News > EuroMeSCo Quarterly Seminar: "Nuclear Proliferation in the Euro-Mediterranean Area: Current Trends and Policy Options for Europe"
EuroMeSCo Quarterly Seminar: "Nuclear Proliferation in the Euro-Mediterranean Area: Current Trends and Policy Options for Europe"
HIIA logo
The latest Quarterly Seminar, organised in cooperation with the Hungarian Institute for International Affairs (HIIA), took place in Budapest on 6 June 2008.

Gathering key experts in the field, this meeting considered questions such as: what do current international nuclear trends suggest about the changing approach to proliferation and disarmament? What new threats lie in wait within the Euro-Mediterranean region? Where is the exploration of nuclear energy headed? How can the EU and the EMP mediate and influence these different nuclear developments?

To see the programme, please click here.

Divided into four sessions and gathering key experts in the field from Europe and the Southern Mediterranean, this meeting was introduced by Ambassador István Gyarmati (MTCR, Budapest) who provided an overview of the subject, as well as Prof. László Kiss (HIIA, Budapest) and Gonçalo Santa Clara Gomes (EuroMeSCo secretariat, Lisbon).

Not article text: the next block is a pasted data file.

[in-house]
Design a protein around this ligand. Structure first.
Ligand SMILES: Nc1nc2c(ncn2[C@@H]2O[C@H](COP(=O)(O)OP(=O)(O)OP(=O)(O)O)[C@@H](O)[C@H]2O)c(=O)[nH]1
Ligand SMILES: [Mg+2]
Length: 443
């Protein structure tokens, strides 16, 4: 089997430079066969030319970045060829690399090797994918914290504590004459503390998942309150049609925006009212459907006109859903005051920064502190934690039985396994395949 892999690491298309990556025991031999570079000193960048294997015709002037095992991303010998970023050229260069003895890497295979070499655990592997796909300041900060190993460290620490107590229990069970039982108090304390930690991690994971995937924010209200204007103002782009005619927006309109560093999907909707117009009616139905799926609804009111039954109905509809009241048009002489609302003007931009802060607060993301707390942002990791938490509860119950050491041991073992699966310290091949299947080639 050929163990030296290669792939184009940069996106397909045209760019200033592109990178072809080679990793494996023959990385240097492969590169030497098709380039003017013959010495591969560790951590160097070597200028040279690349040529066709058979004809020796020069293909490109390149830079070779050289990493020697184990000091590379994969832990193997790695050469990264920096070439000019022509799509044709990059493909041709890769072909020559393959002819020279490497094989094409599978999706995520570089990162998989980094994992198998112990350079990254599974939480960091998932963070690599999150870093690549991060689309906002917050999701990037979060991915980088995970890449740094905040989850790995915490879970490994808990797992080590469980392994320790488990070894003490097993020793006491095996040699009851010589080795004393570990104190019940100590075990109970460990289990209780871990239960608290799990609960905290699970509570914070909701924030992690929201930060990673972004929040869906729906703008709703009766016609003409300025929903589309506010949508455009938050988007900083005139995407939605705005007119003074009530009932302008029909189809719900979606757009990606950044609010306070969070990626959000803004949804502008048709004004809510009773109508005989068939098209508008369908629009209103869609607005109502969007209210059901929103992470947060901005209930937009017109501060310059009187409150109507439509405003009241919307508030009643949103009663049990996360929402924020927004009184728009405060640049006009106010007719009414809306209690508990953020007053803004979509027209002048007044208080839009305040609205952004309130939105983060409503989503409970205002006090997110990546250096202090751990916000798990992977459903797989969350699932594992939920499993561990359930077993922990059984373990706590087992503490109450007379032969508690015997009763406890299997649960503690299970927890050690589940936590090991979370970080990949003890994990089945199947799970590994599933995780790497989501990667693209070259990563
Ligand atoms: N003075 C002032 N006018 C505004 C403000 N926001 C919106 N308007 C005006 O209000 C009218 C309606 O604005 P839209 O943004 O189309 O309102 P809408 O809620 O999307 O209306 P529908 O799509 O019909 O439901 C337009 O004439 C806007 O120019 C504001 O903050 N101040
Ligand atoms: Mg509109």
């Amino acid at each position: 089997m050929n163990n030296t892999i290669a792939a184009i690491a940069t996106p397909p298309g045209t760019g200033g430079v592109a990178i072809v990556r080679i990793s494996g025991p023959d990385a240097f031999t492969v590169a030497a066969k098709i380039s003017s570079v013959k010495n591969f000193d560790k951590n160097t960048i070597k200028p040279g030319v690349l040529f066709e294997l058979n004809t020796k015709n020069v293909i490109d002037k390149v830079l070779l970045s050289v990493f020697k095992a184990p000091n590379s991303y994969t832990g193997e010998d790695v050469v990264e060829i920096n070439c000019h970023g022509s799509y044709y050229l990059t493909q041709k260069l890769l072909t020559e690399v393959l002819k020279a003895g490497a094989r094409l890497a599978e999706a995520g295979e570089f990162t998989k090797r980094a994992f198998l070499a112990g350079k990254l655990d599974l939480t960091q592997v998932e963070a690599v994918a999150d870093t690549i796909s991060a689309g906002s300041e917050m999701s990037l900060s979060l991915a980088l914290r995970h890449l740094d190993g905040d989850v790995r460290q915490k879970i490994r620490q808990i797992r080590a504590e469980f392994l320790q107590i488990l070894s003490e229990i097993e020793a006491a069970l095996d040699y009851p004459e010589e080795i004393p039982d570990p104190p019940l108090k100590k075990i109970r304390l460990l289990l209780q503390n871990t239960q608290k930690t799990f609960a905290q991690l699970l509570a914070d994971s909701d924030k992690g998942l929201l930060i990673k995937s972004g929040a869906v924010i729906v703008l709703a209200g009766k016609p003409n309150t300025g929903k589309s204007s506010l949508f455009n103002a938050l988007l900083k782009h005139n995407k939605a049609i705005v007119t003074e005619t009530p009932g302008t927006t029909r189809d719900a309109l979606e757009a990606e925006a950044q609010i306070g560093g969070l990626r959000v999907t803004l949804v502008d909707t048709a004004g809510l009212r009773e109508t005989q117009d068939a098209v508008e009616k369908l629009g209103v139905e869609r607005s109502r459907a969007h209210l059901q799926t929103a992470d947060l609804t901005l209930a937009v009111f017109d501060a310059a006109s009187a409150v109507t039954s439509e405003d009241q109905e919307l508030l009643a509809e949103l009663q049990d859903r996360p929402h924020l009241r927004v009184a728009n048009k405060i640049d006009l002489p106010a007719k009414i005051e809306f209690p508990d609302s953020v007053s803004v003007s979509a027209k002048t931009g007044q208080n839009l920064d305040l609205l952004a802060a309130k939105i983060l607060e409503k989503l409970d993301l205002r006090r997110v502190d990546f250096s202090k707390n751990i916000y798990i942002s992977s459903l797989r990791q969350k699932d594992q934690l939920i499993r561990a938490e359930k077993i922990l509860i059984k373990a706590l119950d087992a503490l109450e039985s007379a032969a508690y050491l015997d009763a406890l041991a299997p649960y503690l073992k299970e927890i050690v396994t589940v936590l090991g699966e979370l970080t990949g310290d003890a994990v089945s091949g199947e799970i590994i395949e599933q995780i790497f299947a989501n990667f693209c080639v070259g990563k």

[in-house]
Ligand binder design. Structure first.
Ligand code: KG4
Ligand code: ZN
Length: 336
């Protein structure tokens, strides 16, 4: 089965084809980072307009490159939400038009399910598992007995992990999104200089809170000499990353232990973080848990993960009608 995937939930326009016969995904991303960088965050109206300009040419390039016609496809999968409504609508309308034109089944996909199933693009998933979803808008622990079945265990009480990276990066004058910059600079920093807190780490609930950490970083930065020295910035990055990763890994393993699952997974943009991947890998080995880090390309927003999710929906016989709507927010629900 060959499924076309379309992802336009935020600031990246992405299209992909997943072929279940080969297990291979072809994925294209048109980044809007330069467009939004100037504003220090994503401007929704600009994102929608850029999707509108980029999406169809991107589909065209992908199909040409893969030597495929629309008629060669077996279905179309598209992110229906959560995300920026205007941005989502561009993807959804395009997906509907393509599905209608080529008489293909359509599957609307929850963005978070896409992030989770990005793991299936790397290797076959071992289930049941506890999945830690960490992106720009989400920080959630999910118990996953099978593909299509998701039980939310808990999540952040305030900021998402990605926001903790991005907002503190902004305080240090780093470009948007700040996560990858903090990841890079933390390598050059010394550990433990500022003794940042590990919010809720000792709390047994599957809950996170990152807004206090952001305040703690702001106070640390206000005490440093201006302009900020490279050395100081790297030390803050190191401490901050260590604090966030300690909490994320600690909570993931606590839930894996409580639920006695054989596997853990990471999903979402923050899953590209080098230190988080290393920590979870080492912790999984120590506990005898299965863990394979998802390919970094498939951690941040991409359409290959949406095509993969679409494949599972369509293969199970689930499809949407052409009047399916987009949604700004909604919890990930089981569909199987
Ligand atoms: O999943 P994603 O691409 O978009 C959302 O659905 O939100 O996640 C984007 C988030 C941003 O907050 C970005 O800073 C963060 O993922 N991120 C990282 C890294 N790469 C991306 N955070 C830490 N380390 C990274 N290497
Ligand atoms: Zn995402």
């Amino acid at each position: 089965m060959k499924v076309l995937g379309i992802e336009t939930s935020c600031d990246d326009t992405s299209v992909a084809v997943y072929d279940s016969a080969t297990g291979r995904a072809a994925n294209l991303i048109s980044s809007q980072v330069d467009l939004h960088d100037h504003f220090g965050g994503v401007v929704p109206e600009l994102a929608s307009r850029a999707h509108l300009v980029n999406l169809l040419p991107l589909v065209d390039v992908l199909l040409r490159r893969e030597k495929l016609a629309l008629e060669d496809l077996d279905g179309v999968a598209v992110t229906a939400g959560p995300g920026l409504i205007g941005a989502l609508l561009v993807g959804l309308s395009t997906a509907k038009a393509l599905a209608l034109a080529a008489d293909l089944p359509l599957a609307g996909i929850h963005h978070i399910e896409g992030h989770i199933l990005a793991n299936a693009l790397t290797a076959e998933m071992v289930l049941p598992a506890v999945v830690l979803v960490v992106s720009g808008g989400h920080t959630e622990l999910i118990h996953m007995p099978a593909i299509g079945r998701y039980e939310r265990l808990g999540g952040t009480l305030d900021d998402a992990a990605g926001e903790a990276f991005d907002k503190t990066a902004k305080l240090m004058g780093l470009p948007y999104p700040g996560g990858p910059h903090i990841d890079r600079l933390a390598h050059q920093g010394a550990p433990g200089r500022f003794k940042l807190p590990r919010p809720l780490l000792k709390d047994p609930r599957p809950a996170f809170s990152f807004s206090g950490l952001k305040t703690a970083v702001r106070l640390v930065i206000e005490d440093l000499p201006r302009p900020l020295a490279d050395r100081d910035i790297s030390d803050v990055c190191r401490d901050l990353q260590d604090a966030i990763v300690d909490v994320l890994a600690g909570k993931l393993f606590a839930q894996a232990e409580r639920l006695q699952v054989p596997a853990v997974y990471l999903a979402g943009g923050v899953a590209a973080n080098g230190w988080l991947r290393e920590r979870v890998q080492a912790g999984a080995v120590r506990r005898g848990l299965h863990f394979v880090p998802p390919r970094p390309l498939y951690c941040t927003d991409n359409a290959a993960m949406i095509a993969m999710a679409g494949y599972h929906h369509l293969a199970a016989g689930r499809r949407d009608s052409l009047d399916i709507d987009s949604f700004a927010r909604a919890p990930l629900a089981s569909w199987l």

The first session was introduced by Prof. Ian Anthony (Southampton University), who highlighted the disillusion of disarmament after the end of the Cold War and posed the question of whether it is actually already existing nuclear capabilities, or rather mere intentions to go nuclear, which are currently troubling Europe. A framework of analysis of sorts was thus provided for the evolution of the seminar. Participants were reminded that the threat of nuclear weapon use, very apparent during the Cold War, has lost much of its importance after the fall of the Berlin Wall, and also in light of the decline in global numbers of nuclear weapons since 1991. Nonetheless, numerous key questions remain, such as, for example: how is strategic stability currently being defined? Are other regions bound to repeat the experience lived by Europe from 1947 to 1991? Is it possible to establish global, as well as regional constraints to the spread of nuclear weapons? Does a walk-out or a latent proliferation constitute a weakening of the Non-Proliferation Treaty? How should such “latent” proliferators be tackled? Will the present “nuclear renaissance” enhance national nuclear hedging capabilities? Can the fuel cycle be internationalized if target states express no such interest? And finally, to what extent do intentions and capabilities interact?